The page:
2019-03-09 / Viewpoints

Disease threatens deer, elk

By Bryan Burhans

(Bryan Burhans is executive director of the Pennsylvania Game Commission.)

Chronic wasting disease threatens our hunting heritage, and the state’s $1.6 billion industry tied to deer and elk hunting. To ignore CWD will lead to one certain result: it will increase in prevalence and spread throughout the state.

When CWD prevalence rates get too high, it is unlikely we can ever turn back the clock. We are witnessing this in Wisconsin right now, where prevalence rates are over 50 percent in certain areas.

We recently expanded Disease Management Area 3 as a result of another CWD-positive pen-raised deer found on a Clearfield County deer operation. This signals the first significant risk in Pennsylvania’s elk range.

Creation of a Disease Management Area results in increased regulations affecting hunters, deer processors and taxidermists. Movement of high-risk deer parts are prohibited from leaving the DMA.

In addition, last year the agency instituted an all-states ban on importation of high-risk parts from deer harvested in any state that has tested positive for CWD. This ban placed a burden on hunters, deer processors, and taxidermists. However, high-risk deer parts represent a real risk factor in the spread of CWD.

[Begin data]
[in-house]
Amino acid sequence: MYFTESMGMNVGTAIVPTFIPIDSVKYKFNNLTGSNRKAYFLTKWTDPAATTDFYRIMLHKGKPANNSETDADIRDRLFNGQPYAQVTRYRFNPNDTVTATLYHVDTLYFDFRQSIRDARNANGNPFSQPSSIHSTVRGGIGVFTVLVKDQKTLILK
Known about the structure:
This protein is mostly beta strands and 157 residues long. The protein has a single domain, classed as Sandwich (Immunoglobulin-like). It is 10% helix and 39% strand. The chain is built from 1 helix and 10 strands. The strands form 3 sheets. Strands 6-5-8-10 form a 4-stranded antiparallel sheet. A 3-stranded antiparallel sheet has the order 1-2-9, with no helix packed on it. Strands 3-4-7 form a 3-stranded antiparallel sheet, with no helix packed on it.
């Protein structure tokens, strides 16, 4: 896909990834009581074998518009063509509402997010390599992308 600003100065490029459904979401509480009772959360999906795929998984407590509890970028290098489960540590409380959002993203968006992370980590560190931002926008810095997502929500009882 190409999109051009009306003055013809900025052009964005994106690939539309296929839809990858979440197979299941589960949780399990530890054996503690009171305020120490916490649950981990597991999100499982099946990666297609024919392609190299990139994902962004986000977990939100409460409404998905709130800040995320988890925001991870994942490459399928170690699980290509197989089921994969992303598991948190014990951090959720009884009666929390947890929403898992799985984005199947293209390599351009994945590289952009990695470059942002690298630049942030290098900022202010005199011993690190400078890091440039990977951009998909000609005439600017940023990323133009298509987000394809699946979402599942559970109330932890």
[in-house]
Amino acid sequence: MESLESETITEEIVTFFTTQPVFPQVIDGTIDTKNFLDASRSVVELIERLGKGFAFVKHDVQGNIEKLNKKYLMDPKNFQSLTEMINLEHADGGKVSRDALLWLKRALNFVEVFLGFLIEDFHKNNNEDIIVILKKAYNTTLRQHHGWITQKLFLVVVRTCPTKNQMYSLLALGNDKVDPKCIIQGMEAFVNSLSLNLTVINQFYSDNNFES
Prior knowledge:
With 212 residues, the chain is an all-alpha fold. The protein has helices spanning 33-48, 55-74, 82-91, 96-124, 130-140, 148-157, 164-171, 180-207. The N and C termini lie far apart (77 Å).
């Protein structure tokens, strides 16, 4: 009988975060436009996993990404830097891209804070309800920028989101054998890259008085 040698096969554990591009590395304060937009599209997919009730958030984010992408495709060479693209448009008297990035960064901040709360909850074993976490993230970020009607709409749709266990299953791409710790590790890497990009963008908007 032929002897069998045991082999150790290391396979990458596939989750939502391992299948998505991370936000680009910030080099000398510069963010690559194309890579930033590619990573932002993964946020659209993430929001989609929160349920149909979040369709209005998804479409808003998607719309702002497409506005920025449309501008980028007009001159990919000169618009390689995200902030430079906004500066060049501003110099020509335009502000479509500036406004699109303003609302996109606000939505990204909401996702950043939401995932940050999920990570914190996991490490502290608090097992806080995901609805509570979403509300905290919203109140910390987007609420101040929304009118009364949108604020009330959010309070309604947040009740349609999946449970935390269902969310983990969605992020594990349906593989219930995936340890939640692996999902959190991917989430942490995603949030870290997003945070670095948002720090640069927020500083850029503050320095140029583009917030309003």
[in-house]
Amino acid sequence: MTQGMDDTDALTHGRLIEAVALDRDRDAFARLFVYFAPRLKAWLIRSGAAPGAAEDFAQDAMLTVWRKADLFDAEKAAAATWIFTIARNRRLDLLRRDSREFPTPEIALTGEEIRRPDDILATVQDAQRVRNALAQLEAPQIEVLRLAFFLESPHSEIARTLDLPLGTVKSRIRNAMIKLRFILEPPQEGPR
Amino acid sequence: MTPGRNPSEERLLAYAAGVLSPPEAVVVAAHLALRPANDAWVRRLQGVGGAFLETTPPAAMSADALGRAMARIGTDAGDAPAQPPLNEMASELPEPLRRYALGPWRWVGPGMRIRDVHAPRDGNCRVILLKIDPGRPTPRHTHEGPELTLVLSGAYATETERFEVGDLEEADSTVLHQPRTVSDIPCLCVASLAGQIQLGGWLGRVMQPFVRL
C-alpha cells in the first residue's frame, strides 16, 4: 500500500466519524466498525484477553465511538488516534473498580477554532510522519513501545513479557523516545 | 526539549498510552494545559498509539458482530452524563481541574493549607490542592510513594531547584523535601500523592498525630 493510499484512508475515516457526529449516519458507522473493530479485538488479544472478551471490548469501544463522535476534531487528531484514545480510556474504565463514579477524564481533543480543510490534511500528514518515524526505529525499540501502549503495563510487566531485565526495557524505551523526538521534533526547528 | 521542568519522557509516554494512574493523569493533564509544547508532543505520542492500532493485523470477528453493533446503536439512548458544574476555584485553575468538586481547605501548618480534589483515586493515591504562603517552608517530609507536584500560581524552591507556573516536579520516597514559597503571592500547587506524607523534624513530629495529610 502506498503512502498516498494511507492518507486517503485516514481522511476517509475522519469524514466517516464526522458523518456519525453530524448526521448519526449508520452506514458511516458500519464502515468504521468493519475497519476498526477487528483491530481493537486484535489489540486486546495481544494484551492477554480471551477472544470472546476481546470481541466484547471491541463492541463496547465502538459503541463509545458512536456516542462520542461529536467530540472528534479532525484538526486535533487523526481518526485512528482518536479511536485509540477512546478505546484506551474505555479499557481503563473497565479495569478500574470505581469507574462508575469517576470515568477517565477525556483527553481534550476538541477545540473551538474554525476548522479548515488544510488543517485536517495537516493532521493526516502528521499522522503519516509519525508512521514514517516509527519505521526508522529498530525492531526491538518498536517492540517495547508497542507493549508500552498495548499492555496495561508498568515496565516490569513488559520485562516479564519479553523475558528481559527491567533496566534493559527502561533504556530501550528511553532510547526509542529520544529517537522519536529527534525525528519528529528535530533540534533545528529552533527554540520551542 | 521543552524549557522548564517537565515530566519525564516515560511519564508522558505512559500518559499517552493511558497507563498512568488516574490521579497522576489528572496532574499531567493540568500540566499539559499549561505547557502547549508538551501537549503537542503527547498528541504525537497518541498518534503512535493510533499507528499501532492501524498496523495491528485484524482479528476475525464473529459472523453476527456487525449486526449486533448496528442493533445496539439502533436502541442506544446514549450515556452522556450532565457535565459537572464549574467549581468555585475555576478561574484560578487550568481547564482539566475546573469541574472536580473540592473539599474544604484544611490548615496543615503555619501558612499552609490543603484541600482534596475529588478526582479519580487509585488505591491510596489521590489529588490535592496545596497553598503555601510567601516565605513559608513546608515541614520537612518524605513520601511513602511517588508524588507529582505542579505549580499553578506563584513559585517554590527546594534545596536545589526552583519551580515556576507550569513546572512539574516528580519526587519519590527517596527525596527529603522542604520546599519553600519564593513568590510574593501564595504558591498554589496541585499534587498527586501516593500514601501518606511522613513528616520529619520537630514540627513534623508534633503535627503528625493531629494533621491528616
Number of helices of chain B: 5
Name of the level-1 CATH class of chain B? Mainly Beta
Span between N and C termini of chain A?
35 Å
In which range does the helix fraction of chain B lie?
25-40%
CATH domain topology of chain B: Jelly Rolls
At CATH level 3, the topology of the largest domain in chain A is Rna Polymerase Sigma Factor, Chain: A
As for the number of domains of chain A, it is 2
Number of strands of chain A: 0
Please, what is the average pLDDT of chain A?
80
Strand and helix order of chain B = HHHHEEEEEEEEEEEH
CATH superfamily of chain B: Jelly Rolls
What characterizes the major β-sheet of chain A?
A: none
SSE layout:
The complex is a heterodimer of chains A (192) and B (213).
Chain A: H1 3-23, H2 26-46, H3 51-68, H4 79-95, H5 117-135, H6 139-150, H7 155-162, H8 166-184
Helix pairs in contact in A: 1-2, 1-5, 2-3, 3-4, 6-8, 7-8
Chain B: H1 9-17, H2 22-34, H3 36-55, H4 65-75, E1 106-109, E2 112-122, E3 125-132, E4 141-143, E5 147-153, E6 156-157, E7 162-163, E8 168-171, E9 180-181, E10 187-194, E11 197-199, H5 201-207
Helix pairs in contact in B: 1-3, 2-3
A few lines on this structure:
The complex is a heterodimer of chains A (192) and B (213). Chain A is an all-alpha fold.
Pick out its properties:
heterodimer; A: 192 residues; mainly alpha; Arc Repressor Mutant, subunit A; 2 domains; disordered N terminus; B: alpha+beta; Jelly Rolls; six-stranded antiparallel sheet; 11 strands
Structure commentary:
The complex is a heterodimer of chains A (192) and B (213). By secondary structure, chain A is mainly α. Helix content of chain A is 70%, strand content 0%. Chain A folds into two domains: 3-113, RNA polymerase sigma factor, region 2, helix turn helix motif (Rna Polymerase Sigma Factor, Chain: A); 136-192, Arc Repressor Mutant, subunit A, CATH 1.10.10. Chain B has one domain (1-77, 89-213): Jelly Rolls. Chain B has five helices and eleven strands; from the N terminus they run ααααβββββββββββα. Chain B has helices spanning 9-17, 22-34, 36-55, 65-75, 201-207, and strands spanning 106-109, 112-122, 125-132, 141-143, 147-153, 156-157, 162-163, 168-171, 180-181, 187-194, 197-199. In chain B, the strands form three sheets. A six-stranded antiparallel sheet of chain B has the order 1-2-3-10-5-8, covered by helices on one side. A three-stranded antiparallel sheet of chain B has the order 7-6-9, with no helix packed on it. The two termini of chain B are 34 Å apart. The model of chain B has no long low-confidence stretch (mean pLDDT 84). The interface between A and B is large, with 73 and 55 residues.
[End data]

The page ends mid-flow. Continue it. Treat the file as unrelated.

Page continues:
In order to determine the extent of CWD within Disease Management Areas, we asked hunters who harvested a deer to remove the head and place it within a drop box for CWD testing. We also provide dumpsters for leaving the high-risk parts. Last year we received approximately 6,300 samples for testing and are awaiting the results.

Understanding that our ability to combat this disease is dependent upon acceptance from the public, we increased our outreach concerning CWD to spread awareness of the risk the disease poses to our state mammal.

This past year we held more than two dozen public events and published approximately 15 press releases and social media posts concerning CWD. Those numbers will only increase as we move forward and ask our hunters to play a larger role in both monitoring the disease and combatting its spread.

Due to the constantly changing Disease Management Area boundaries, the complexity of CWD, and to combat the misinformation constantly being distributed to the public, we will be providing the agency’s hunter digest to all hunters at no cost to the hunter. It contains a significant amount of information on CWD.

The only current strategy that is available to control the spread and prevalence of CWD is through targeted removal of deer in and around new CWD-positive whitetails, and herd reduction in areas with long-term infections. This, unfortunately, places the Game Commission in a very unpopular position with our hunters and the citizens of Pennsylvania.

It should be no surprise that hunters, and the public, do not like the idea of sharpshooters. We don’t like it either. However, these are the only techniques which are demonstrating progress in managing this disease.

Our Game Commission is not alone in being in this unfortunate position. Every other state wildlife agency dealing with this disease is in the same predicament.

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